Welcome back to Fishing in the Discount Bin, my weekly blog about something in my movie library that I've watched recently. We return to the cinematic saga of Hellboy with Hellboy II: The Golden Army. This appears in my notes at July 28, 2013.
Alright, let's finish what we started last time and move on to the second Hellboy film, The Golden Army.
When last we left our intrepid hero, the film version of Hellboy was a moderate hit, but no one was beating down any doors to make a sequel. So director Guillermo del Toro went on to make Pan's Labyrinth, which was nominated for a bunch of Oscars, was a critical darling, and a moderate hit. Now, armed with all this critical love, del Toro could go back to his dream project, which was continuing the Hellboy cinematic saga.
Hellboy II: The Golden Army has a very different feel to it than the first one. del Toro was fresh off his fantasy epic Pan's Labyrinth. Over in the comic book world, Hellboy's creator Mike Mignola had been doing a lot of research into the folklores and mythologies of the world to find more enemies for Hellboy to fight. As such, the comics were starting to take a turn from HP Lovecraft-style horror to fantasy. You take that turn in the comics, plus a director who's fresh off one of the most critically acclaimed fantasy films of its year, and the resulting Hellboy II does look and feel more like a fantasy film than the X-Files-ish scares of the first film.
Plus, much like I mentioned when I wrote of Sherlock Holmes: A Game of Shadows, Hellboy II does seem to revel more in the goofier aspects of its universe. While the first one did have that X-Files kind of feel to it, this one feels more like Ghostbusters or Men in Black. There's a lot more humour and that comic book sense of fun being injected into it.
The plot. Once upon a time, a long time ago, humans and beings of magic co-existed, but they were driven to warring with each other. The Elven King, ruler of the beings of magic, called for the creation of a Golden Army, 70 x 70 mechanical soldiers that were unbeatable in battle.
Seeing the horrible devastation that this caused, the Elven King ended all hostilities and called a truce. Humans would get the cities, and the magical beings would stay in forests. And so the truce remained until modern times, when humans began dismissing magical folk as being fairy tales and encroached upon the forests. Prince Nuada, son of the Elven King, wants to unleash the Golden Army and reclaim the Earth for beings of magic. So, it's up to Hellboy and the BPRD to save the day.
Of course, our heroes get some new allies, such as Johann Krauss. Following an accident during a seance, Krauss is pretty much a ghost, and he must stay within a special containment suit lest he dissipate and cease to exist. He's got the neat trick where he can leave his suit for brief periods and posses stuff. In one of his first major motion picture roles, Krauss is voiced by Family Guy creator Seth MacFarlane. He does OK, but sometimes he has trouble emoting through the thick, fake German accent he's got going on.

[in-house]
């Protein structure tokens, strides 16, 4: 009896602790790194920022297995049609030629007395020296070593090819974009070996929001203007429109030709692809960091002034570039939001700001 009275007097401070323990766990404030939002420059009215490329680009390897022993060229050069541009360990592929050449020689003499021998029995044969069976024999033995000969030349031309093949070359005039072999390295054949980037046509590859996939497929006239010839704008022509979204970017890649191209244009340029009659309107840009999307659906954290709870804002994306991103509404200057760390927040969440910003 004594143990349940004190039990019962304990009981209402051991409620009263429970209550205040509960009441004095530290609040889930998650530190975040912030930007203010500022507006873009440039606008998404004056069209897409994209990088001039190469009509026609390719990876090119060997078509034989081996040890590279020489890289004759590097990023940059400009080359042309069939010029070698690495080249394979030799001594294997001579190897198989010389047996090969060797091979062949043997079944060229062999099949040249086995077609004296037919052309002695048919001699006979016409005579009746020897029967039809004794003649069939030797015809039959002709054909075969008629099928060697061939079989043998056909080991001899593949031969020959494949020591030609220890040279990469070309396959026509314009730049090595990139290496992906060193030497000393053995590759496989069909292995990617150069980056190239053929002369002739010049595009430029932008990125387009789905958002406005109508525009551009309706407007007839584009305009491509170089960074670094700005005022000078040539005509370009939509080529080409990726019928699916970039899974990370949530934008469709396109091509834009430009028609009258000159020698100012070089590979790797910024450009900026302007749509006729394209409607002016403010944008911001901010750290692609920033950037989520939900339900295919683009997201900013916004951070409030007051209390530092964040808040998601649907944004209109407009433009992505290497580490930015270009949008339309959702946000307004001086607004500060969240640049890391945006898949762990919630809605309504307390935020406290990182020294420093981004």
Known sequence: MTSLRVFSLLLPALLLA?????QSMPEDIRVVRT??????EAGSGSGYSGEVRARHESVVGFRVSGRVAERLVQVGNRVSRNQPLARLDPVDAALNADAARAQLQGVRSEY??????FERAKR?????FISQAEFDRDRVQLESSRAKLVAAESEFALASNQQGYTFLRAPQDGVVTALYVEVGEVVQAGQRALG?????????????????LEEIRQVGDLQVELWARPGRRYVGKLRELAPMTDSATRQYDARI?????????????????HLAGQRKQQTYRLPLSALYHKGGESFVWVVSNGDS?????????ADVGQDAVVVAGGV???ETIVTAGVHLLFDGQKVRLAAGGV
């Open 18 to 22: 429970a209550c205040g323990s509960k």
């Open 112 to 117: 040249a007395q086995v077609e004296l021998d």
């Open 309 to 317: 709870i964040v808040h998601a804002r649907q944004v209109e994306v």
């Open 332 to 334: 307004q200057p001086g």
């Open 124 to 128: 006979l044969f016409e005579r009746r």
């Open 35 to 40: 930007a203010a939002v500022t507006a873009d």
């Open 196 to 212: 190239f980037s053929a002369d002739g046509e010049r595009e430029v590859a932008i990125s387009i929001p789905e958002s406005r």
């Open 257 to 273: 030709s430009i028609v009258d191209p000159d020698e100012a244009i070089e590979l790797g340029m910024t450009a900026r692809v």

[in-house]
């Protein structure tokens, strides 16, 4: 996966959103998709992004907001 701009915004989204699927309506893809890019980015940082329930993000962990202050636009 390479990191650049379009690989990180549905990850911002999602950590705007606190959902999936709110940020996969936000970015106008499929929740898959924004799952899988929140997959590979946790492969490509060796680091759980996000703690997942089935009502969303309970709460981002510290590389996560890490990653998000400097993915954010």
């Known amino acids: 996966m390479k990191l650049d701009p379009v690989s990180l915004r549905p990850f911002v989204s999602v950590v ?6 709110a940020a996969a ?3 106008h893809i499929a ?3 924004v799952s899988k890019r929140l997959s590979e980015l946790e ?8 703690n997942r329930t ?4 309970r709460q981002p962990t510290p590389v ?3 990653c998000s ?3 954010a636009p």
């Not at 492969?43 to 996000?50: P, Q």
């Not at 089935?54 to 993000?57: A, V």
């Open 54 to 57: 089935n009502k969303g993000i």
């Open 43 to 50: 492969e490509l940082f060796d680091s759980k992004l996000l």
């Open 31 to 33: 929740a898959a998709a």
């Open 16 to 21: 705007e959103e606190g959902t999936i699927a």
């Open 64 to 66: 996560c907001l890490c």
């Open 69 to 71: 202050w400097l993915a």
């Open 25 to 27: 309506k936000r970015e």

It's a bit of a reunion of sorts, too, as the villain, Prince Nuada, is played by Luke Goss, who del Toro had play the lead Reaper Nomak in Blade II. Nuada, though, is more cold, calculating, and just truly wants what's best for his people. That being said, he's still evil and will still mow down anyone who gets in his way.
There's been some developments, too. Liz Sherman, again played by Selma Blair, has been developed quite nicely. As I said last time, Liz was a very troubled woman. Her powers caused her to do damage, and in doing so, damaged herself. But this time out, she's more in control of her powers, and as such, is far more confident. She's not willing to take any of Hellboy's crap, and if I may say so, she's bit more of a badass this time out.
Abe Sapien also gets a nice subplot. Complicating things is the fact that Abe has fallen in love with Princess Nuala, Nuada's brother, and he tries to reconcile those feelings. Nuala is on the side of good, and trying to stop her brother, but the hitch is, they feel each other's pain, so the death of one would kill the other. Can Abe bring himself to harm his beloved in order to save the world?
And Hellboy himself. He's tired of living in the shadows, and early in the film, he takes advantage of an event to make sure he and the BRPD are finally revealed to the world in a big, loud explosive way. But then, we start falling into the more typical superhero tropes where he's branded a freak and wonders if he'll ever fit in in normal society.
And like I said, with the goofier elements, we can't ignore the scene where Hellboy and Abe, both going through their women troubles, get drunk and sing Barry Manilow.
But yeah. I'm about rambled out. Hellboy II is a very different film than its predecessor, but it's still very fun.